President Egils Levits is already dictating the rules to a Prime Minister who has not yet been elected

In the autumn, President Egils Levits will have to nominate a politician for the post of Prime Minister for the second time during his term in office. Addressing the Saeima at the last sitting of its spring session on Thursday, he revealed to potential prime ministers one of the preconditions that must be met in order to receive the nomination: new minister positions will have to be appointed in the next government. At least two.
17.06.2022. Jānis Lasmanis
 
©Ilmārs Znotiņš, Valsts prezidenta kanceleja

In his addresses to the Saeima, Levits has repeatedly talked about the introduction of a new minister of state. He has also promised to come up with amendments to the Law on the Cabinet of Ministers. But neither has this been done, nor has this idea found open ears in Parliament. By announcing his rules a few months before the elections, Levits certainly has a better chance of getting his way. Moreover, this position of Levits is much closer to how a rule that the Constitution enshrines - “The Cabinet shall be formed by the person who has been invited by the President to do so” - is perceived by a part of the public: the President acts on his own, rather than following what parties say.

"I will call on the next Prime Minister-designate to present a concrete, well-reasoned and well-developed reform plan to tackle the stagnating backwardness of public governance. And please do not come to me with your basic, primitive, populist proposals," the President said.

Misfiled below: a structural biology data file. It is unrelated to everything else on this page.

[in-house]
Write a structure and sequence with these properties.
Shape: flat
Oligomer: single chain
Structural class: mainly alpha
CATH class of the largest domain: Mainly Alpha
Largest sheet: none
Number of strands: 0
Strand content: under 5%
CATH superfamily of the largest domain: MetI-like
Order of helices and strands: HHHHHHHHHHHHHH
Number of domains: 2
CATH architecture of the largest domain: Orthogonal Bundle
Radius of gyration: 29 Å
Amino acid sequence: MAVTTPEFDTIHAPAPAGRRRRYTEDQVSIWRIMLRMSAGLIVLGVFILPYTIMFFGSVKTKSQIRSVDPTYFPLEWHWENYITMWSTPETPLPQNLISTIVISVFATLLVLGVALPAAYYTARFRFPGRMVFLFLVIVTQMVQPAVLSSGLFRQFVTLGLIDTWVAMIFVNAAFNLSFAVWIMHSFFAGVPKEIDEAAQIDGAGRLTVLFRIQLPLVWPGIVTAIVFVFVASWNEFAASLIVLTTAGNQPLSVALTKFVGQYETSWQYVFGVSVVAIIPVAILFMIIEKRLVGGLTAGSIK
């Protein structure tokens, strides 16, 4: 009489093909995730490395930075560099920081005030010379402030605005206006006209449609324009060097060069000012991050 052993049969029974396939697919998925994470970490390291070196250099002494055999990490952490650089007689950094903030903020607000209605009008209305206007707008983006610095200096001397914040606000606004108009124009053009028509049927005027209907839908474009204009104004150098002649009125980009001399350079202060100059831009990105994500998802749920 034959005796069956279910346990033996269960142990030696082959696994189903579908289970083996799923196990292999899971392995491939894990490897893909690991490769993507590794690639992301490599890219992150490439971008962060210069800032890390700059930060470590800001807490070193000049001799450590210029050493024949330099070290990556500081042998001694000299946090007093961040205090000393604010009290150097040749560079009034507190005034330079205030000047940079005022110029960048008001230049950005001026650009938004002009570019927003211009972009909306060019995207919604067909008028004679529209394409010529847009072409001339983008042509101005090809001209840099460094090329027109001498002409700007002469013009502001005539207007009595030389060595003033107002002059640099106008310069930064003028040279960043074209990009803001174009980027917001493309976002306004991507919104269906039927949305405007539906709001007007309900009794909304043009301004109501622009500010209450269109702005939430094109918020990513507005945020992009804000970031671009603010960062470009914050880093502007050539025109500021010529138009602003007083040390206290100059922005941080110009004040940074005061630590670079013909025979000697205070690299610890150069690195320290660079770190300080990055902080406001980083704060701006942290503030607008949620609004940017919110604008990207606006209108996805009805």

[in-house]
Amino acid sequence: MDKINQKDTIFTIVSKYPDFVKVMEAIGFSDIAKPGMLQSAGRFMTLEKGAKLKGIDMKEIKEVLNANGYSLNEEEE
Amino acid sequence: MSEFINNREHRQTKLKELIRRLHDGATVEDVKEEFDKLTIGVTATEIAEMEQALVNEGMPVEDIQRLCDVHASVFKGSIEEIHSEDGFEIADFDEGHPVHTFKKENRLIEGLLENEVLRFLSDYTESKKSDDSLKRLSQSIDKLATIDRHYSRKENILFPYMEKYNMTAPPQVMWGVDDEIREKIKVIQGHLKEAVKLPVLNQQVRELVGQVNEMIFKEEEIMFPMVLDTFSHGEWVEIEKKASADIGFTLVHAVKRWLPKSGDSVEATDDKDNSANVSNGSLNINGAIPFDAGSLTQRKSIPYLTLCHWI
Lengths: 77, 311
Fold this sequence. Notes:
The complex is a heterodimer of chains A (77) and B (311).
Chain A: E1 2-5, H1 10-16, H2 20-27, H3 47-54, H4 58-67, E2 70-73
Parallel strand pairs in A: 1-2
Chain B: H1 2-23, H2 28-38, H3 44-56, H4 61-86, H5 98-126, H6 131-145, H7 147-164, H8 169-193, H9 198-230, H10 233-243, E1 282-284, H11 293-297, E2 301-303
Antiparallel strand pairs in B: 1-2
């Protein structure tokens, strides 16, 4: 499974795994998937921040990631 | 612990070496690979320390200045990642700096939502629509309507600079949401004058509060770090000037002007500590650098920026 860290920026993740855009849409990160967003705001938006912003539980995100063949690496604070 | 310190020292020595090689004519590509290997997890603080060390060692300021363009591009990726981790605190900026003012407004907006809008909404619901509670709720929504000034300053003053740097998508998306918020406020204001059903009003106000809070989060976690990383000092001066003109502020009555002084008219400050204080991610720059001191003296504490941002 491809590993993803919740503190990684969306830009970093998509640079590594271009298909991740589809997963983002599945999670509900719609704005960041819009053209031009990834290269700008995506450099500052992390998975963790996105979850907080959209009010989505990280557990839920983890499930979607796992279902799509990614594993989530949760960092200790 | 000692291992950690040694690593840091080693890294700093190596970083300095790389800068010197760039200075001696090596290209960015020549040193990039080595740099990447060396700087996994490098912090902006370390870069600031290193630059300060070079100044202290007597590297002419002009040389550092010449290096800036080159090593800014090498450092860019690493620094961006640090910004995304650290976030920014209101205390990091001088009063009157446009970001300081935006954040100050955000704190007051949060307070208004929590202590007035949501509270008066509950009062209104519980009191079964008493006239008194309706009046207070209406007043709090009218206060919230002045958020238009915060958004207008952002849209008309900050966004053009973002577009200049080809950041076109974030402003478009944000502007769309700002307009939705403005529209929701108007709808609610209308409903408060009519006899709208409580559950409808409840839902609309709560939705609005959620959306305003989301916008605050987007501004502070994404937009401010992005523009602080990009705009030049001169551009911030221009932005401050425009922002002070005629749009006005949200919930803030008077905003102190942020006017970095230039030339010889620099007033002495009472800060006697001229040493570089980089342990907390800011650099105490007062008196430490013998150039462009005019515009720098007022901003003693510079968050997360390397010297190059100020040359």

Levits justifies the need for a new post by the fact that Latvia's public administration is built on the 19th century model with strictly divided competencies among ministries and is therefore unable to respond quickly and qualitatively either to the needs of society or to various challenges that today require the involvement of several ministries.

"It is not suited to the complex world of the 21st century, which requires cross-sectoral and inter-institutional cooperation," says Levits, mentioning the words of Andris Bite, President of the Confederation of Employers of Latvia, that each ministry lives in its own world, but if multi-ministerial cooperation is needed, "then problems arise".

The President listed a number of problems that society and the country face, in his view, because of the outdated government model. For example, the digital governance of the country. "The data required by the social services are still mostly processed manually by local authorities (...) And that is why the digital governance of the country must be transformed by the next government, by the next Saeima, so that it serves the public. So - convenient, efficient and accessible to all. And this area should be overseen by a politically accountable official at the Cabinet level. There should also be a politically accountable official for Latvia's green course and the corresponding reforms in the economy, because these are all cross-institutional and cross-sectoral issues," says Levits, also outlining the creation of a second Minister of State.

His idea of introducing a minister of state is not new. In Latvia's history, there has been a similar type of minister - a minister of state for special tasks. And there have been such ministers in almost every ministry. Latvia has had several ministers for special tasks, such as the Minister for Social Integration, the Minister for Children and Family Affairs, the Minister for Local Government, etc. The remuneration of these ministers is the same as that of ministers, according to the Law on Remuneration of Officials and Employees of State and Local Government Authorities. This year, the salary before taxes of ministers is €4,950, excluding representation expenses.

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